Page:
Simply Italian: Tasting Notes from the Italian Wine Tour

By Maxine Howard

Italian winemakers and their representatives took over the St. Regis Hotel in San Francisco earlier this autumn for the Simply Italian great wine tour. With stops in Chicago and Las Vegas, the tour offered the chance to share the wide variety of magic Italian winemakers weave with their grapes.

More than fifty wineries from all over Italy poured their best wines at seminars and the grand tasting. While some were established labels, others came to the United States to find importers for their brands.

Seminars highlighted the range of grapes grown and the full gamut of wines produced all over Italy. At one session fourteen wines took participants on a fascinating tour. We started with non-vintage Prosecco from Carpenè Malvolti that demonstrated the fruity aroma yet dry finish of this sparkling wine.

Moving through a procession of increasingly complex whites, we continued to some remarkable reds. The 2005 Rubesco Riserva Vigna Monticchio from Cantine Giorgio Lungarotti, a blend of 70% Sangiovese and 30% Canaiolo, was one of the most complex of the tasting with notes of dark cherries and silky tannins. The 2006 Mille E Una Notte (meaning 1001 nights) from Donnafugata was another spectacular red blend. This contained 90% Nero d’Avola and 10% of “the best grapes harvested at Contessa Entellina in 2006.” The aroma was of dark fruits and the taste had a great balance of fruit and earthiness with a slight tannic finish.

Simply Italian might be a misnomer, as the variety of grapes, wines and regions was anything but simple. Among the variety of interesting wines here are several that stood out:

Perla Del Garda is a small producer from Lonato, a town in Lombardy in northern Italy. Coming from generations of farmers, this brother/sister team started releasing their own wines only a few years ago. Their white wine, Perla 2009, comes from the Lugana region within Lombardy. It is produced from Trebbiano grapes. Very tasty, the wine was crisp and flinty with a slightly smoky touch. Their red, Terre Lunari, is a blend consisting of 80% Merlot, 15% Cabernet Sauvignon and 5% Cabernet Franc. It showed nice fruit, tempered by the earthiness of the Cabernet Franc and soft tannins.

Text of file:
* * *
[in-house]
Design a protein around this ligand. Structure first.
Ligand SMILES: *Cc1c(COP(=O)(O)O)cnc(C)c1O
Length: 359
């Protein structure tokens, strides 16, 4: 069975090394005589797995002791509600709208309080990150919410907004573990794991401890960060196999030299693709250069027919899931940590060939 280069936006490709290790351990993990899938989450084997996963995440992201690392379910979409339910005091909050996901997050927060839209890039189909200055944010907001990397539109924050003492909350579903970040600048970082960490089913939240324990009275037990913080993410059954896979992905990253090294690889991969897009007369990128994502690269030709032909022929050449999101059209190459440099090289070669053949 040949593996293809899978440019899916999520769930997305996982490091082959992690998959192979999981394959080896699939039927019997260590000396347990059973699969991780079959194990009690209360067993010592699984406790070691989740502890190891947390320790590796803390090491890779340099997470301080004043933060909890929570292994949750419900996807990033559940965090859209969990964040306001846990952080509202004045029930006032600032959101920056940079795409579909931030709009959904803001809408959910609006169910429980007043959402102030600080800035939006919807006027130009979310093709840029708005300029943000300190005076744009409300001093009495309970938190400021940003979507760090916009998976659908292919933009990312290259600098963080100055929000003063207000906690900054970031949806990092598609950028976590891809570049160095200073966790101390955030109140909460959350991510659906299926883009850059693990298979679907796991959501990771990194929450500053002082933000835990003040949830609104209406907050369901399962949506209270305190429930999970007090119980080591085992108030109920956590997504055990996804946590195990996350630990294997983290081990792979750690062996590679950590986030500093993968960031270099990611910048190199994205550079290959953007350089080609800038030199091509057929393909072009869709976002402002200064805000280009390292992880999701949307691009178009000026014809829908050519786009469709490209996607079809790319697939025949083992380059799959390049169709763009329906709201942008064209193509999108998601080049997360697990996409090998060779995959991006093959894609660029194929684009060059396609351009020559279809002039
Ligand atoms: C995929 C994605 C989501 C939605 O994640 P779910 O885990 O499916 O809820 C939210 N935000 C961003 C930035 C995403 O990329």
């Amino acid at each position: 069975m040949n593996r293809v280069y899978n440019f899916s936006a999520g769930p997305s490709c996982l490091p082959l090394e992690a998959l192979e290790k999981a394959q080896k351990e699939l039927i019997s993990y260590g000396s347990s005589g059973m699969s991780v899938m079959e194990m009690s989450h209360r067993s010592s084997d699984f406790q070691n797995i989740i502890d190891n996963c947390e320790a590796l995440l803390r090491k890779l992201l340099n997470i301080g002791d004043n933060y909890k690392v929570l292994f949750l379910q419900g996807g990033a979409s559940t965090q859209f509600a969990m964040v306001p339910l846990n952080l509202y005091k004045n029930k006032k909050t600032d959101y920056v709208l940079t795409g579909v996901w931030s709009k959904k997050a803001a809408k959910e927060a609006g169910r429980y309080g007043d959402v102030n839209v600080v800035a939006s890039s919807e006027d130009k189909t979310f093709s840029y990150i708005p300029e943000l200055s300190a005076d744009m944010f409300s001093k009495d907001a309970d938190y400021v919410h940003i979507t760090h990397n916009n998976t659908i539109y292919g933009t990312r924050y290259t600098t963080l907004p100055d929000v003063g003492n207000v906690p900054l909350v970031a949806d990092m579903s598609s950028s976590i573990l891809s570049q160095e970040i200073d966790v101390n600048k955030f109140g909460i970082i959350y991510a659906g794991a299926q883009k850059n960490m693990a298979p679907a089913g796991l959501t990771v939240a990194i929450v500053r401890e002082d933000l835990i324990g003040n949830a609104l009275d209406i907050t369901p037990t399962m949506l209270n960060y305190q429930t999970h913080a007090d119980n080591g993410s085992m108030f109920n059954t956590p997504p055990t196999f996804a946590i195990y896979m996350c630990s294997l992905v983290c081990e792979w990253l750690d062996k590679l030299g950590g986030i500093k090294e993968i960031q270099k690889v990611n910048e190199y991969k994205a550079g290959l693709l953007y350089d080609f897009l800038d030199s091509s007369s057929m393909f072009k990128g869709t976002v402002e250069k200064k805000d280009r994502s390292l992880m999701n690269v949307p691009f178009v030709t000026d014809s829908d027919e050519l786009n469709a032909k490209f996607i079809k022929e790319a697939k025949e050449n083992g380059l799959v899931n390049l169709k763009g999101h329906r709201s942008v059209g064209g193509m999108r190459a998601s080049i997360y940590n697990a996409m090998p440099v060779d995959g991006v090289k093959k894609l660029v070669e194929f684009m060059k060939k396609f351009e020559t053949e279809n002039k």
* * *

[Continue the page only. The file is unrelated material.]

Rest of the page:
From the island of Sardinia came Argiolas with flavorful, distinctive wines. The 2010 Costamolino is a white wine made from the Vermentino grape. It had notes of tropical fruit with a slight sweetness reminded me of a Riesling. The 2008 Perdera comes primarily from Monica grapes. It had a gorgeous deep red color, with dark fruit flavors culminating with a peppery finish. The 2005 Turriga is 85% Cannonau grapes with 5% each of Carignano, Bovale Sardo and Malvasia Nera. This medium bodied, food friendly wine was one of my favorites.

Valentina Cubi brought a great range of wines using basically the same grapes from the Veneto region in northeast Italy. I was impressed at the different tastes that are all called Valpolicella (the name of the region within Veneto). The 2009 Iperico was a lighter red with nice flavor. It was made from 65% Corvina, 25% Rondinella and 10% Molinara. The 2004 Morar was a well made, full bodied wine of greater complexity. It was composed of 70% Corvina, 25% Corvinone and 5% Rondinella. The third Valpolicella, a 2005 Arusnatico, had the same composition as the Iperico but tasted altogether different. The distinction is that the Arusnatico undergoes a second fermentation on the stems in February. This treatment produces a deep red, well-structured wine that is both fruity and spicy. It fills the mouth and finishes with silky tannins.

For a wine lover constantly in search of new tastes, this mini tour of the varieties of Italian wine beyond Pinot Grigio and Chianti was quite a revelation. I recommend trying bottles from different grape varieties to compare with your old standards for a fresh experience.

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Maxine Howard is the West Coast correspondent for the Amateur Gastronomer.

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